Can you talk about your writing process?
I’m a seat-of-the-pants writer. I start with a character, or a scene, or sometimes an image, and follow it to see where it takes me. I write at the computer, in a very messy office strewn with books and papers and magazines and folders and notes and maps and photographs. I’ve never made an outline, although I’ve often wished for one. I once heard E.L. Doctorow say that for him writing a novel is like driving on a dark road at night, with only your parking lights for illumination. You can only see ahead a short distance, but that’s all you need to keep going. I’m working on my third novel manuscript now and am just beginning to trust the process.
Another part of my process is having multiple narrators. I love reading books that offer the story from several points of view, and that seems to be the way writing narratives develop for me as well. The stories that fascinate me often involve complex perspectives. I enjoy developing my novels by alternating between four or five characters, taking turns sitting on my shoulders and opening their hearts to me.
What's obsessing you now in your work and why?
No matter what I’m writing, my obsessions tend to poke their nose into my characters’ business. In general I am obsessed by the way family legacies shape our lives, and by the interplay between our actions, especially relating to political activism, and the consequences of those choices.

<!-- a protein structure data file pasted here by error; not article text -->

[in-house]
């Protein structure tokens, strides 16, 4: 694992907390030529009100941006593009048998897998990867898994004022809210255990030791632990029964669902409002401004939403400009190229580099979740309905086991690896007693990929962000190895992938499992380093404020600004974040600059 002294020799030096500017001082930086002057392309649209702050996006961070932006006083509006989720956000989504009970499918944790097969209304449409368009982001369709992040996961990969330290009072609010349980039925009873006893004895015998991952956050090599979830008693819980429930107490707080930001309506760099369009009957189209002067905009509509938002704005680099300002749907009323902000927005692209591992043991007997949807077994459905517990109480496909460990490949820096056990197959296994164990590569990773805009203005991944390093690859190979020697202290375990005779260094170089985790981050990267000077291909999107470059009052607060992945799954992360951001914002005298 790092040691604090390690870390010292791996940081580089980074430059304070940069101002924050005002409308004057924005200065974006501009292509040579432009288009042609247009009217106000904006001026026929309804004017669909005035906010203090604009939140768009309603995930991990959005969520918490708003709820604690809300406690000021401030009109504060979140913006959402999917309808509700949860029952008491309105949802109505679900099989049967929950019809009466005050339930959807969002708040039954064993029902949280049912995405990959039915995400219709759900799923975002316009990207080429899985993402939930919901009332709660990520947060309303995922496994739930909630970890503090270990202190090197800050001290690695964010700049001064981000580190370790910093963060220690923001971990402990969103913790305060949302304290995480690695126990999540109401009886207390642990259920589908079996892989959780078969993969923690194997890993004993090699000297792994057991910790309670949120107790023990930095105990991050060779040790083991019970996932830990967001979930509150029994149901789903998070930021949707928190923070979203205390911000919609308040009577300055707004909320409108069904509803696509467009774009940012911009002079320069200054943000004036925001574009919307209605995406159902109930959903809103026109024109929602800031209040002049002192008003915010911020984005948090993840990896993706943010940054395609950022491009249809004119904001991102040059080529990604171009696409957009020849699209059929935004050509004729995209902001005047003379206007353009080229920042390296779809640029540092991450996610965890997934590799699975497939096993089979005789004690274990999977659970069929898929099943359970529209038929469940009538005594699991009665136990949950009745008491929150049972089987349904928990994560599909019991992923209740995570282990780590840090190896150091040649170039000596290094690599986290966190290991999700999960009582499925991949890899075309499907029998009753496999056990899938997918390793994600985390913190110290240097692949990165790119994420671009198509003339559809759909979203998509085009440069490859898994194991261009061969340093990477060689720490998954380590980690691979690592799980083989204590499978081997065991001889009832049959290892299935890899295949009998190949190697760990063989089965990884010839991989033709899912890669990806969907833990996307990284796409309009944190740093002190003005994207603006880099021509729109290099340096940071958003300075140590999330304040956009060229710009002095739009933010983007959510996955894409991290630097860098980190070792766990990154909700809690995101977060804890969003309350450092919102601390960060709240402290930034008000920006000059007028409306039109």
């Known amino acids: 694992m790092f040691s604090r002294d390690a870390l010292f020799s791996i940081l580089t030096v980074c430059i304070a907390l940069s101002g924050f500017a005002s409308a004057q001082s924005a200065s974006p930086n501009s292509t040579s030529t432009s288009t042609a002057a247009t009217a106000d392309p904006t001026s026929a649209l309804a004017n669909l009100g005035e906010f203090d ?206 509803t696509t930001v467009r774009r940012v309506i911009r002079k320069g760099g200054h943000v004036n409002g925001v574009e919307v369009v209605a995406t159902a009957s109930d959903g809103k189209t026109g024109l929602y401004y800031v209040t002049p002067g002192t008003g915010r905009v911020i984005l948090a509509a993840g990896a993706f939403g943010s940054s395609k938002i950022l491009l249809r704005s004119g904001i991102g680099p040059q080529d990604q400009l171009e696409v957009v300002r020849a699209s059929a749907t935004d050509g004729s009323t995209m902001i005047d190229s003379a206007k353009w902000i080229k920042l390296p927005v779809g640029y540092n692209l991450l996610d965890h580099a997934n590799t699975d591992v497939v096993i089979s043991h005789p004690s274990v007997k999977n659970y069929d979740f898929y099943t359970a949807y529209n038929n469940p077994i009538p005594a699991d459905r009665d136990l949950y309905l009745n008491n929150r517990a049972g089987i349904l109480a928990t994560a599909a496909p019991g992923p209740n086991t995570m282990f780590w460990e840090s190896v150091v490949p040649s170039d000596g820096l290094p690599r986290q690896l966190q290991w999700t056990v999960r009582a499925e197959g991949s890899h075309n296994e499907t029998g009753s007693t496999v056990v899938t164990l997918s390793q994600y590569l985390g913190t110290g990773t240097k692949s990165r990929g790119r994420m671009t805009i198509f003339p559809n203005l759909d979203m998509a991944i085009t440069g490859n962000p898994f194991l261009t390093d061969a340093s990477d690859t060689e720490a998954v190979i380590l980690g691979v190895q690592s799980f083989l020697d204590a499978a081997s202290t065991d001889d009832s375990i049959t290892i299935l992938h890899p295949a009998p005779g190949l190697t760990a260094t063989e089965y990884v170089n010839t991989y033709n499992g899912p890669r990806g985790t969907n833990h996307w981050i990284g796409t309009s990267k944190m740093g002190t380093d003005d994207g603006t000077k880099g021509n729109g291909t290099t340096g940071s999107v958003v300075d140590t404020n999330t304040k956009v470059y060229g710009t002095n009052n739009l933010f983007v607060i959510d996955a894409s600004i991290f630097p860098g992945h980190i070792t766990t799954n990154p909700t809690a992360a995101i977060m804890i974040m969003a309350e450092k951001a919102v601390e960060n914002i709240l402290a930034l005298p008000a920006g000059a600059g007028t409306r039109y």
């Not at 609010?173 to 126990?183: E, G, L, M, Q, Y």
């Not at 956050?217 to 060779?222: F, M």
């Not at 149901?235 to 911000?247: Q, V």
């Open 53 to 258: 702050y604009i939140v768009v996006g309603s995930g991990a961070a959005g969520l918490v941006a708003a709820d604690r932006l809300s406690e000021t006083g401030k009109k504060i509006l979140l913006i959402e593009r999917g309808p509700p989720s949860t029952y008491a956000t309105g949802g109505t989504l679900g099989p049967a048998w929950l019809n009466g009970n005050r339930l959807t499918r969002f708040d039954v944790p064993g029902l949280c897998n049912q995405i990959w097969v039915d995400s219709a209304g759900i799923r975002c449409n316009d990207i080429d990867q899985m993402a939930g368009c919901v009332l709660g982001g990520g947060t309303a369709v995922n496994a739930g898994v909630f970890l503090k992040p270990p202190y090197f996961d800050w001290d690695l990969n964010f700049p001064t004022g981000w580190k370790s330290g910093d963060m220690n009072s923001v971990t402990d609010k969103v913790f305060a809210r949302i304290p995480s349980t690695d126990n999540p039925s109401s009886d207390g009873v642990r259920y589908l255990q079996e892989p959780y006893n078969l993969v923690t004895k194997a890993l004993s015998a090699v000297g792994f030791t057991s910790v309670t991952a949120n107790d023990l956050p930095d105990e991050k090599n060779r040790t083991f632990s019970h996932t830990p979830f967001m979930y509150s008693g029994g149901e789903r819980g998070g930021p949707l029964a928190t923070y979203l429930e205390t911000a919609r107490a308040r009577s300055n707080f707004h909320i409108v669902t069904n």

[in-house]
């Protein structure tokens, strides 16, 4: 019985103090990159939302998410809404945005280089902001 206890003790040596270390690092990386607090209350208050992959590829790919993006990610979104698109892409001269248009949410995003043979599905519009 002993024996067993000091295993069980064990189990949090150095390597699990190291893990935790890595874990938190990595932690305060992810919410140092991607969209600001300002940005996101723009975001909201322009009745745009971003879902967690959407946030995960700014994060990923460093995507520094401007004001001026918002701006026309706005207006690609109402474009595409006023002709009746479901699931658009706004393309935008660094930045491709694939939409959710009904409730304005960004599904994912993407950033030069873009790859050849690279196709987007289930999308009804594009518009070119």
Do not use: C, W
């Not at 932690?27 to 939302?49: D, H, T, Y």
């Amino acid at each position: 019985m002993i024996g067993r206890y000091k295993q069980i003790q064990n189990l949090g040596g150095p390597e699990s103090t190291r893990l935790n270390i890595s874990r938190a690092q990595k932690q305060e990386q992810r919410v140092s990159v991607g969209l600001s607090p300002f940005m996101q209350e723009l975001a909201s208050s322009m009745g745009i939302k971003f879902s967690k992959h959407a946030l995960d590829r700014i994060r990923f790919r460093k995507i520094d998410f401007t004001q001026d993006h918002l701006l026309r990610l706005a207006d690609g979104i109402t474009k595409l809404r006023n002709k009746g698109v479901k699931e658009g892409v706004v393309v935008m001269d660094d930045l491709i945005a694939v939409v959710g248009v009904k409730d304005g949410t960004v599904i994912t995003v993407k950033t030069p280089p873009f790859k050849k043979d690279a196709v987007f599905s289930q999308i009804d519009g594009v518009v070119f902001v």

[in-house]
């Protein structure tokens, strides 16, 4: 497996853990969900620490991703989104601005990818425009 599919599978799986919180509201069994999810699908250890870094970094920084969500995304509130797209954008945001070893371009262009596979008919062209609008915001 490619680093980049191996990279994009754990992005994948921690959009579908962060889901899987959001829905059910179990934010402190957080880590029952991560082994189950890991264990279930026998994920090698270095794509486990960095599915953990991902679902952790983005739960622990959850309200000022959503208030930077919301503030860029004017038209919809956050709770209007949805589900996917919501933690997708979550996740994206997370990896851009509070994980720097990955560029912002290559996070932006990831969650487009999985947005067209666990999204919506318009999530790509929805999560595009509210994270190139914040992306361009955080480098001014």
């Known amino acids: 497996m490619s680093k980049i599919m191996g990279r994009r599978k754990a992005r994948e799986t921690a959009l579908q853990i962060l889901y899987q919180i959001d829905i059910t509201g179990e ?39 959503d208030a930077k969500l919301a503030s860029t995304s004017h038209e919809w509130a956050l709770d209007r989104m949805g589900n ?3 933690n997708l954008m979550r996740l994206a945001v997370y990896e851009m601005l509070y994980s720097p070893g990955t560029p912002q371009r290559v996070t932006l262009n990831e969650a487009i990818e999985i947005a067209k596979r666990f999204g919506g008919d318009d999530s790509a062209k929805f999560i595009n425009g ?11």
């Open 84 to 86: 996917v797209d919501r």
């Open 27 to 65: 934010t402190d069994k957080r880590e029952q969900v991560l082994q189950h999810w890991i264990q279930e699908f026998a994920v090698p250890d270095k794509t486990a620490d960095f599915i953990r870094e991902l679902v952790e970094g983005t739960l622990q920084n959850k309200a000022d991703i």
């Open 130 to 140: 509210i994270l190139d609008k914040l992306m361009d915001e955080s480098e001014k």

Right now I’m working on a manuscript about a university professor who is kidnapped and taken to a civilian detention center on an island off the coast of Maine for interrogation. This is new territory for me and this book is frightening to write. One of the multiple narrators is a guy who believes that torture is warranted to protect national security. It’s enormously challenging to try to inhabit this character in order to write his scenes.
What question didn't I ask that I should have?
You didn’t ask me what the biggest surprise has been so far in the debut of my first novel. My answer would be the generosity and bigheartedness of other authors (like you!) and by readers. Publishing literary fiction is such a difficult business; there are so many books and so little space for “success.” But I’ve been amazed by the welcome from established authors, by the support, the blurbs, the suggestions, the camaraderie, and the generous response by readers. Thank you!